The tenuous line between amateur and professional play has been blurred and debated extensively over the past few years. Questions of player pay, school and class requirements, and the actual value of scholarships have all been popping-up in sports and mainstream media. This past week, however, another complication in the differentiation between amateurs and pros arose in Philadelphia, home to the suddenly-successful Temple Owls football team.
In an article published on Philly.com, mayor-elect Jim Kenney discussed potential plans to build an on-campus stadium at Temple University. The ultimate conclusion to the conversation was that Temple officials “must address the worries of neighbors before he [Kenney] can endorse the school’s plan to build a football stadium on campus.” Kenney’s position is understandable considering Temple’s location situated among neighborhoods and homes in north Philadelphia. Such a project would presumably upset many local residents, and the university would need to allay the concerns of traffic, noise, and added congestion many residents naturally expect. In an added wrinkle, the article observes that the area in question is represented by City Council President Darrell L. Clarke, with whom Kenney would likely be wary of fighting so early in his administration.
As a result of not having a stadium on-campus, Temple uses Lincoln Financial Field, home of the Philadelphia Eagles, for its home games. “The Linc,” as it is called, is in a different section of the city altogether, and although reachable by public transit from Temple, is a far cry from a home-field entity. Cavernous and difficult to brand for Temple-specific events, it is a clear distant second to having an on-campus stadium. But what makes the situation worse for Temple, where the university bristles against the current status quo, and what other athletic departments should pay attention to, is that it must pay $1 million in rent plus stadium operations fees, while collecting nothing for parking and concessions.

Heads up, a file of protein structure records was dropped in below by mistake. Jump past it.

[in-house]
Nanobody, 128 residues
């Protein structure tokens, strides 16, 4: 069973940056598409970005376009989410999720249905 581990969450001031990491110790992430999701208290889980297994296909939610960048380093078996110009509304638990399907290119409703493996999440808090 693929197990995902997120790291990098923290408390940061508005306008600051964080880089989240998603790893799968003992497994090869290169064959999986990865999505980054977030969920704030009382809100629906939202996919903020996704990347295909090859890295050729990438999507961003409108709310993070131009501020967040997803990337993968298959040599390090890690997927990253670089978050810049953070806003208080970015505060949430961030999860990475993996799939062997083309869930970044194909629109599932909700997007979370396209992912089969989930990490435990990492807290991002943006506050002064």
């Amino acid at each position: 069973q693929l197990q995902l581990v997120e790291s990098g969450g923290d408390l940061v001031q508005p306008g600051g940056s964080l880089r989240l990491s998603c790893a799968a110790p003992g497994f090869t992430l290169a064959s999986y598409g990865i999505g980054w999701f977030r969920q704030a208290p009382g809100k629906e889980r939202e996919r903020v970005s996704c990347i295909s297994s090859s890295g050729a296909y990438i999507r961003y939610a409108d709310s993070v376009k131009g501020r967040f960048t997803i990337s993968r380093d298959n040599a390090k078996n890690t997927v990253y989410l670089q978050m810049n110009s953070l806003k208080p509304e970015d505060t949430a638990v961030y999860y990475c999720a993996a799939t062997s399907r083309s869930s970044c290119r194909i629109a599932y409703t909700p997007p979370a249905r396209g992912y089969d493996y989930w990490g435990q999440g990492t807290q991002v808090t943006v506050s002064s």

When comparing this setup to another in-state pro/college stadium agreement, it looks unquestionably lopsided. The University of Pittsburgh, which shares Heinz Field with the Pittsburgh Steelers, also pays a fee for usage that comes in the form of a percentage of ticket sales (as opposed to a fixed figure), but takes home revenue from parking and concessions.
What makes the Temple arrangement seem additionally unusual is that both the stadium and the university are public entities. The Linc, although run by the Eagles, was built with public funds, and Temple is a state university. In essence, the city is making its largest public university pay a private, third-party NFL franchise to rent a publicly-owned building, then blocking that same school from using those funds to build its own stadium and cut-out the NFL middleman.
There are seven FBS schools that use NFL stadiums meant for professional teams. Like with the specifics of the Temple/Lincoln Financial Field agreement, the details of each arrangement are a bit unclear. Even mayor-elect Kenney is uncertain about the nuances of stadium-rental policies, as his claims Pitt uses Heinz field for free were refuted by a former Pitt official. However, the current discussions happening in Philadelphia show that it is vital athletic departments understand the ins-and-outs of merging their facilities with professional teams and maximize the utility for their own schools. Being aware of similar arrangements and looking to future expansion possibilities prevent schools from being taken advantage of and is just good administrating.